Calendar can cut down on overload

Every once in a while I’ll launch forth with a complaint about how there should be more coordination between public events in our area.

This usually comes when we have a weekend in which one organization might be holding a barbecue, another a show, another an auction, etc. etc.

My beef is that we have weekends when nothing is happening (no news) and others when everything is happening (too many events, not enough staff). You get the picture.

I’ll tell our longsuffering reporter Sean Morgan, and any others who would listen, how other communities I’ve lived in had coordinating councils €“ groups of representatives from the chambers of commerce, schools, cities, churches, service clubs, etc. €“ which met and worked out the year’s schedule so that there wouldn’t be conflicts for the public’s attention.

Sweet Home is a little smaller than some of those communities €“ though not much €“ but we have occasional problems in this area.

Recently, from a totally unexpected source, I realized there is an easy solution.

It happened when I was loading an event onto our new newspaper Web site. If you’ve been on the site, you’ll know that though it’s still in the working-out-the-bugs stage, it has a lot of features that our old one didn’t. And there are more to come.

However, the Calendar is already there and it has incredible potential if everyone starts using it.

Here’s how it works: When you log on to and scroll down, you’ll see the Calendar at the lower right of the page. Near the bottom of that section is an “Upcoming Events” bar with a little button marked “Add yours.”

When you click on that button, you will get a form that you need to fill out, which collects the basic information: Who, What, When, Where, Why, How Much, etc. There’s a space for a more detailed summary of what your event is all about. You can also add a photo, if pertinent, and when you put in the address for where your event will be, the site will add a map showing its exact location.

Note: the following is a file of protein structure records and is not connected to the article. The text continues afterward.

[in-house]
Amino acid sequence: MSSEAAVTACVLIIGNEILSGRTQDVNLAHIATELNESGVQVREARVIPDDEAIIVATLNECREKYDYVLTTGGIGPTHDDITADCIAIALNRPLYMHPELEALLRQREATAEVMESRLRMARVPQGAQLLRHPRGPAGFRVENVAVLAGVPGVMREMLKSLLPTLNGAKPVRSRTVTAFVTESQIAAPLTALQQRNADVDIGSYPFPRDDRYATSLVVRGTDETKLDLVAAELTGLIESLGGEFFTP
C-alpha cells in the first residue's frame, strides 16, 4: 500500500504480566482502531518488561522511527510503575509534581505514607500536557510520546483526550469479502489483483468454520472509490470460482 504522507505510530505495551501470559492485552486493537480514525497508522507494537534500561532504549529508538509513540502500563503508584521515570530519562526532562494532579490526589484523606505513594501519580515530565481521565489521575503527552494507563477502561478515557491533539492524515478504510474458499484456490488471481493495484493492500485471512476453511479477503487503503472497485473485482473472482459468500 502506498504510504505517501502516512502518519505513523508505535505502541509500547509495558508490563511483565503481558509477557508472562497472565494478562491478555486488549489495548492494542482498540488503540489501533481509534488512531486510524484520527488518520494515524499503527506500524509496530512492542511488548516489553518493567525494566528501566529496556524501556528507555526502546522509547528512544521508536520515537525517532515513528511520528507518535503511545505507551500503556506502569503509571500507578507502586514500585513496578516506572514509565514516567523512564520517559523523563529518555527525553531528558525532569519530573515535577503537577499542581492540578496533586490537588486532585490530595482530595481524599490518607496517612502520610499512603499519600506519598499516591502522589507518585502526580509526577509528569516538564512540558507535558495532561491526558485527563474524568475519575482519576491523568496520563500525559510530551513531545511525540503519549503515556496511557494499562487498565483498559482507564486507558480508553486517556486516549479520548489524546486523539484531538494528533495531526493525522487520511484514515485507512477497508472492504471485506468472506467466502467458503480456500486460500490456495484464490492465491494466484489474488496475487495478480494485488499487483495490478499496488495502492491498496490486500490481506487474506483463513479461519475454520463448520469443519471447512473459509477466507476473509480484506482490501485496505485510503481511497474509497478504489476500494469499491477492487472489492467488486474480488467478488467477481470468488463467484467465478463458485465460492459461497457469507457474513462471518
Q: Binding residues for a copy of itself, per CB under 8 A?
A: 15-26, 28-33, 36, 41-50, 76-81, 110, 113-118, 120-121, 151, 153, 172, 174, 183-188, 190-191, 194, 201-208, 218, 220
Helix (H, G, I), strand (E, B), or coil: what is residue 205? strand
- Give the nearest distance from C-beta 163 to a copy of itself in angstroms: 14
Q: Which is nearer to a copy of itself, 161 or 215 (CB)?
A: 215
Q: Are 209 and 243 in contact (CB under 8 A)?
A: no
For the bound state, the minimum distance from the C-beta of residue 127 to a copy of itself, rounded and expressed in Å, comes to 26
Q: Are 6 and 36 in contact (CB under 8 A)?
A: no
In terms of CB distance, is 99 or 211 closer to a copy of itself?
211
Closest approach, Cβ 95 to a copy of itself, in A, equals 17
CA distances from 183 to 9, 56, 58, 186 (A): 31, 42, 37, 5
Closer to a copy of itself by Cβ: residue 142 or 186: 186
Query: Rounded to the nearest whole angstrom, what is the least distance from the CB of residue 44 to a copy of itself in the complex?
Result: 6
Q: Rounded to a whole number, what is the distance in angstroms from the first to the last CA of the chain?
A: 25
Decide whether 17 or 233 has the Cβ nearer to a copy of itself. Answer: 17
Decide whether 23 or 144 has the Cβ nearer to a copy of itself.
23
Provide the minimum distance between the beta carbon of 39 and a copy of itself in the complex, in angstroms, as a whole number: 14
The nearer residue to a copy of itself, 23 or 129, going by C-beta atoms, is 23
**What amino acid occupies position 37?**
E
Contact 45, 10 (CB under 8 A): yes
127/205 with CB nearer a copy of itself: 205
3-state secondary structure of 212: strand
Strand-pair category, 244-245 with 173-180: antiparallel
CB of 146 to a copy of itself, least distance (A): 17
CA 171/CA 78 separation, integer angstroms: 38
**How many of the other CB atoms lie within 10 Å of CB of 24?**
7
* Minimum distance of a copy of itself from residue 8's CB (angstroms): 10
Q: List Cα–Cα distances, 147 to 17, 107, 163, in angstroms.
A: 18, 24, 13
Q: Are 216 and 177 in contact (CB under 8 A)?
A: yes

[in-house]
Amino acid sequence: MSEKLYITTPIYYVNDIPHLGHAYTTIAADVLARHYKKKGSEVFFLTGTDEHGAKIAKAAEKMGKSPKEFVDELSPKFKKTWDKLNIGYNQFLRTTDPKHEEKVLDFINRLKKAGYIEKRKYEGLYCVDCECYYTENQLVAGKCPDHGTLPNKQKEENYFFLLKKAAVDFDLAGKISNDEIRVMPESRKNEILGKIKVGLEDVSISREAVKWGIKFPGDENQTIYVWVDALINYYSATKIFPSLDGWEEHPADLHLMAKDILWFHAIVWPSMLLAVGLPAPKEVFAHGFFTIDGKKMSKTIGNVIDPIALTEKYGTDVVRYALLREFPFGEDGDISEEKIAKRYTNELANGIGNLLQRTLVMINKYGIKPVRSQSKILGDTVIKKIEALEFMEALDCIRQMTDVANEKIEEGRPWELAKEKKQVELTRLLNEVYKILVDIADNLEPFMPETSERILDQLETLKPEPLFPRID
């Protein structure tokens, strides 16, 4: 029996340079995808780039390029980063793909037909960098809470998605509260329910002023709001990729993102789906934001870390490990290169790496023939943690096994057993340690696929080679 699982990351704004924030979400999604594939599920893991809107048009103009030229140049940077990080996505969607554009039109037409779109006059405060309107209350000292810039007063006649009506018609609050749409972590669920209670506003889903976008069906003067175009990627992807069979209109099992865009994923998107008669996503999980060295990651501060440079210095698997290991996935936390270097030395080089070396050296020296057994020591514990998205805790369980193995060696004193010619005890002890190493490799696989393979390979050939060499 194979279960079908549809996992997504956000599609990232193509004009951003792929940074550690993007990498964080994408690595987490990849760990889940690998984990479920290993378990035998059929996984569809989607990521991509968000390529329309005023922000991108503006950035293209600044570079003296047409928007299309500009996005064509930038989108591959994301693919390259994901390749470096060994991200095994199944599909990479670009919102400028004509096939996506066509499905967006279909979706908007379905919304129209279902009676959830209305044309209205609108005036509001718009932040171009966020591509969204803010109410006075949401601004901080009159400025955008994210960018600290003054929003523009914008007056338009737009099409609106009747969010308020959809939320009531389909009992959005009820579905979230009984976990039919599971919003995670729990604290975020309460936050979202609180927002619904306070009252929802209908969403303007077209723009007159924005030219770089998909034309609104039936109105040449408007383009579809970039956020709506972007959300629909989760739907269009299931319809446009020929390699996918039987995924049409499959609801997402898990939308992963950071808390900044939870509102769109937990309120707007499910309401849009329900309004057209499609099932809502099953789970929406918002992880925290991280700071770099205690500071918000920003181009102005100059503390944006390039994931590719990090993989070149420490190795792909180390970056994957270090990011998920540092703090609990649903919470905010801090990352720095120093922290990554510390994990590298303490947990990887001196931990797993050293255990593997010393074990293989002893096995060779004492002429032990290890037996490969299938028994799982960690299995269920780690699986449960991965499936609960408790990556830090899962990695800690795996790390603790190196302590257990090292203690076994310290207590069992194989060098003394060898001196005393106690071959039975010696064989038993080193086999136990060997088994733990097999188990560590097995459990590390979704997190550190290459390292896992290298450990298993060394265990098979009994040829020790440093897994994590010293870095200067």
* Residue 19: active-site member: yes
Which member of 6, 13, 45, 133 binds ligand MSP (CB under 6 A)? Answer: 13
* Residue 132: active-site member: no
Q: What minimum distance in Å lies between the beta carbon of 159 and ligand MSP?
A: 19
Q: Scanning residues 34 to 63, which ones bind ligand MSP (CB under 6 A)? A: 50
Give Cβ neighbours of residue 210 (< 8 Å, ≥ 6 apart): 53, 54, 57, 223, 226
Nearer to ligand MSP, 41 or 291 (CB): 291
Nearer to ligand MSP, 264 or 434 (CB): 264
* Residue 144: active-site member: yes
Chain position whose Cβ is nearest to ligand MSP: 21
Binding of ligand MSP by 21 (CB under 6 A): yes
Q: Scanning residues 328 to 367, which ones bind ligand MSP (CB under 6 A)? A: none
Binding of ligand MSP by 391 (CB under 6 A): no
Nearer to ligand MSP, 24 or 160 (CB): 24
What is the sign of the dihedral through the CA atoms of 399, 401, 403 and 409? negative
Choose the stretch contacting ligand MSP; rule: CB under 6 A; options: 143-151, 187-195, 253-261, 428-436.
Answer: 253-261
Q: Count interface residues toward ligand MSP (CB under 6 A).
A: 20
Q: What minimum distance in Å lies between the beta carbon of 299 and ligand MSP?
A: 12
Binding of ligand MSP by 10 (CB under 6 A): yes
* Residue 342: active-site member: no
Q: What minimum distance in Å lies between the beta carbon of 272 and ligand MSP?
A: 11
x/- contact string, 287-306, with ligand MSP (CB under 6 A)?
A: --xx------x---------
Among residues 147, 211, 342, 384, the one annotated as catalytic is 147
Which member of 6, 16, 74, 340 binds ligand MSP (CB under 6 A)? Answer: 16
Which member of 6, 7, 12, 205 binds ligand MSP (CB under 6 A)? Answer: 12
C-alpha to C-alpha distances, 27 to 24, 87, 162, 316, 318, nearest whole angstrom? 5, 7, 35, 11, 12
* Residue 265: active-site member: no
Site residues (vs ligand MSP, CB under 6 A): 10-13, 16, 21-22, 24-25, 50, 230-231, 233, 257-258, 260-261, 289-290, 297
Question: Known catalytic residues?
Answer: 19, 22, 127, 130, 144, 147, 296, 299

When you get done, you hit the “Submit” button and an e-mail goes to us here at The New Era telling us that someone has submitted an event. Then one of the editorial staff will check it out and edit, if necessary. When all looks well, we’ll post it to the site.

Pretty cool, no? And it’s free.

Now, here’s how it can help with community coordination: If local event organizers take advantage of this free opportunity and post their events to this site as early in the year as possible, not only would The New Era staffers be able to look at the Calendar to see what was coming up, but so could other event organizers. So if XYZ Club announces that it is going to hold a bottle drive on a particular Saturday, the local Scouts would know that they might want to wait to do theirs. If an organization is planning an auction two months from now, ABC Club organizers would be able to take that into consideration when deciding when to hold their barbecue and dance.

Of course, we news staffers here at The New Era have a selfish interest in seeing fewer events held simultaneously: It’s easier to provide news coverage if too many things are not going on at once. But I’d suggest that spacing the calendar out benefits everyone. If there are too many activities for us to cover in one weekend, I suppose the crowd at each one might be diminished as well.

So if you have a concert, film, class, seminar, meeting, sporting event (or sign-ups), benefit auction, dinner, benefit sale, fund-raiser, or other public event announcement to make, even for an event many moons away, submit it to the Calendar. And before you schedule something, pay us a visit and see what the competition looks like on the date you’re thinking about.